GSA expects a smooth cutover to WITS 2001

GSA expects a smooth cutover to WITS 2001

The telecom changeover will be smooth, GSA's Sandra Bates says.

By William Jackson

GCN Staff

The General Services Administration last month set the stage for a six-month transition that it contends will lead to lower prices and more services under the new Washington Interagency Telecommunications System 2001 contract.

Agency WITS users will keep their telephone numbers during the transition.

The new prices and services will all be available by Oct. 1, said Sandra Bates, commissioner of GSA's Federal Technology Service.

About 180,000 telecommunications lines in GSA's National Capital region must shift to the new contract, awarded to WITS incumbent Bell Atlantic Corp. The Defense Department, a new user, will double the size of the program's user base.

Unlike agencies' slow-moving switch to the governmentwide FTS 2001 long-haul communications contract, Bates predicted the shift to WITS 2001 would cause minimum disruption.

No problem

'This one will be smooth,' she said at a kick-off conference in Washington.

During the WITS 2001 cutover, Bell Atlantic will be going through some transitions of its own. Following shareholder and regulatory approval last month, the company announced the consummation of its merger with GTE Corp. effective July 1. The combined entity will begin operating under the name Verizon Corp. on Aug. 1.

Bell Atlantic's federal division is reorganizing under the merger. The position of president, held by

Barbara Connor, has been eliminated, and the division will be under the immediate control of chief operating officer Leonard Williams. Connor had previously announced she would leave the company July 1.

Williams told federal users that his top priority is 'minimizing the transition risk you face in moving to WITS 2001.'

When the WITS 2001 contract went to Bell Atlantic in January after two years of requirements preparation, WinStar Communications Inc. of New York protested the sole-source award. WinStar, which has become a leading player in FTS' Metropolitan Area Acquisitions program for local services, sought to compete with Bell Atlantic in the Washington area.

The General Accounting Office denied the protest in mid-May, clearing the way for FTS to begin work under the new contract. The $1 billion deal has a four-year base and four one-year options. GSA estimated federal users in the Washington area could save $300 million in phone charges over eight years through use of the contract.

The original WITS contract in 1989 went to what was then C&P Telephone Co., later Bell Atlantic, now Verizon. WITS primarily provided voice services over a federally owned telephone system. GSA owns the switches for about 160,000 lines.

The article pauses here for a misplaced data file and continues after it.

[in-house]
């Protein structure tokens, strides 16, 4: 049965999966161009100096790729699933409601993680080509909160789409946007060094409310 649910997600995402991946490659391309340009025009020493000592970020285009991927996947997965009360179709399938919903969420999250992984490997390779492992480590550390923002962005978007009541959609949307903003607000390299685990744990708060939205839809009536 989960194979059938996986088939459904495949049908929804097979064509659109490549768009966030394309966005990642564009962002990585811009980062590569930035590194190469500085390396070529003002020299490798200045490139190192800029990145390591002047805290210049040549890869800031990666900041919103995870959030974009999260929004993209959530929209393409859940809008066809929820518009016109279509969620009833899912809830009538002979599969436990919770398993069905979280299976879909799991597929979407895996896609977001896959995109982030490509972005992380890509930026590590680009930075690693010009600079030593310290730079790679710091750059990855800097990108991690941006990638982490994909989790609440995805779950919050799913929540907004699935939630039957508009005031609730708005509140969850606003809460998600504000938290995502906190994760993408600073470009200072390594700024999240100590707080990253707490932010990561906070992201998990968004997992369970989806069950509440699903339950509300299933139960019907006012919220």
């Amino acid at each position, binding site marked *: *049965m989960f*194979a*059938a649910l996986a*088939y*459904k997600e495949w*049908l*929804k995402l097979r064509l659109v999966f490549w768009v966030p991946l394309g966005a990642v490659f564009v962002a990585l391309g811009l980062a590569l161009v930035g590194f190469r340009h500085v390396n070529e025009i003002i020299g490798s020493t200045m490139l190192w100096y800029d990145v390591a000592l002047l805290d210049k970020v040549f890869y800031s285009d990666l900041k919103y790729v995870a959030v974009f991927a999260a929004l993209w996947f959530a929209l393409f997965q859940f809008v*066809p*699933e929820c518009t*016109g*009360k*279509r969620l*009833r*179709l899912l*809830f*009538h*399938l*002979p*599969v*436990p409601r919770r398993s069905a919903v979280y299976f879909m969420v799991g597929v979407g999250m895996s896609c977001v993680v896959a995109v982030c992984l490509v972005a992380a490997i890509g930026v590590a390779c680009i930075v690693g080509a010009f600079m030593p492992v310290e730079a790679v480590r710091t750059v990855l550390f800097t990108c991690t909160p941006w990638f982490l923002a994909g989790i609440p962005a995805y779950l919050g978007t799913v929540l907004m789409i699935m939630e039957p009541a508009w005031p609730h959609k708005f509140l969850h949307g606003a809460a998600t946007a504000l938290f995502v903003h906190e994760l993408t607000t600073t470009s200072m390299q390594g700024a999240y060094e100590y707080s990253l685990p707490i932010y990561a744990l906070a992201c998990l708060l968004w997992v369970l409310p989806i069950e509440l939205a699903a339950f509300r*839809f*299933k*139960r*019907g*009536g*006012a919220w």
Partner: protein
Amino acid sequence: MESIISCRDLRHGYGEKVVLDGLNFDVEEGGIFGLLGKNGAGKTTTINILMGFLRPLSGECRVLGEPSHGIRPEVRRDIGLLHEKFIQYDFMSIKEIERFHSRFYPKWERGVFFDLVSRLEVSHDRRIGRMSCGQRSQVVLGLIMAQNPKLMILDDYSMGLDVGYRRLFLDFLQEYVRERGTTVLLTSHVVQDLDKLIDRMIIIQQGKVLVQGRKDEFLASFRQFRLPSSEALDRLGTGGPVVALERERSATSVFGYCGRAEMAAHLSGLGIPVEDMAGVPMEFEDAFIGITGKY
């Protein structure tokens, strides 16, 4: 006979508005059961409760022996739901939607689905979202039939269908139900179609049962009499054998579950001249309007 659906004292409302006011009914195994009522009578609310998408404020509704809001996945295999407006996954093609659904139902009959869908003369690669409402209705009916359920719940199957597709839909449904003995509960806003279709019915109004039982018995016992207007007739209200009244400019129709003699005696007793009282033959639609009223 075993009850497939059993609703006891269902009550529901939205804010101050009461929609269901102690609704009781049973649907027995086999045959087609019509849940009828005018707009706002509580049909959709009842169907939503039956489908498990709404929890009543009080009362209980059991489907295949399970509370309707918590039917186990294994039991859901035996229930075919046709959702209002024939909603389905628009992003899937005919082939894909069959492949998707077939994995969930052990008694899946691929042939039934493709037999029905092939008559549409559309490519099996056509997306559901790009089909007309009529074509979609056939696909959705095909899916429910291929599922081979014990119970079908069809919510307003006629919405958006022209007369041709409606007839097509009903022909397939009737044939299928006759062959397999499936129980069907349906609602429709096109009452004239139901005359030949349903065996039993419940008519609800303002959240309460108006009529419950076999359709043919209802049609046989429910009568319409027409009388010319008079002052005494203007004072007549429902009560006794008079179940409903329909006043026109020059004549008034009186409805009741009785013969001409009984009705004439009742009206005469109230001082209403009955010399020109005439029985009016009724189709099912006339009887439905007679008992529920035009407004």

But the agency now plans to get out of the telephone equipment business, selling its WITS switches within 16 months. Although WITS 2001 will supply a complete range of customer premises equipment, FTS is promoting it as a services contract.

Bates said FTS' intention is to 'get away from high-capital investment and go more toward purchasing services.'

The new contract's prices are as much as 40 percent less than current rates, and the contract stipulates that any commercial telecom service offered in the region must be available through WITS 2001. Verizon then would have seven days to add new commercial offerings of its own to the contract and 30 days to match those of area competitors.

Agencies also can get WITS 2001 prices to supply telephone and data lines to telecommuters' residences. Previously, such services were billed at residential rates.

For most WITS users, the conversion primarily will require moving from the present online ordering and billing system, Bell Atlantic Operating System Control (BAOSC), to the new Service@Once system [GCN, July 3, Page 42].

The company has spent $25 million preparing Service@Once for WITS and will spend another $10 million before it is ready by October, said Joan Withers, the federal group's chief information officer.

How to do it

The company will train representatives from each Washington area agency to use the new ordering system. The representatives will have authority to place service and change orders via Service@Once.

Although initial access will be through the Web at, orders will be placed over a secure dedicated or dial-up link that does not travel the Internet, said James Glowacki, the company's general manager for WITS 2001.

'Service@Once touches switches,' Glowacki said, so a high degree of security is needed. Agency representatives will reach the secure link by clicking an icon on the Web site.

The transition to WITS 2001 will happen in two phases, said Bev Sullivan, head of business management in the FTS National Capital Region. In the first phase, 160,000 WITS lines now administered through BAOSC will be switched to Service@Once.

'It's basically a database transfer,' Sullivan said, and users should not notice any changes.

Moving another 20,000 lines now being served by 24 switches in the Consolidated Centrex program will be more time-consuming, Sullivan said. The switches are on Bell Atlantic's commercial network, and the lines will have to be moved, one switch at a time, to the WITS Service@Once system.

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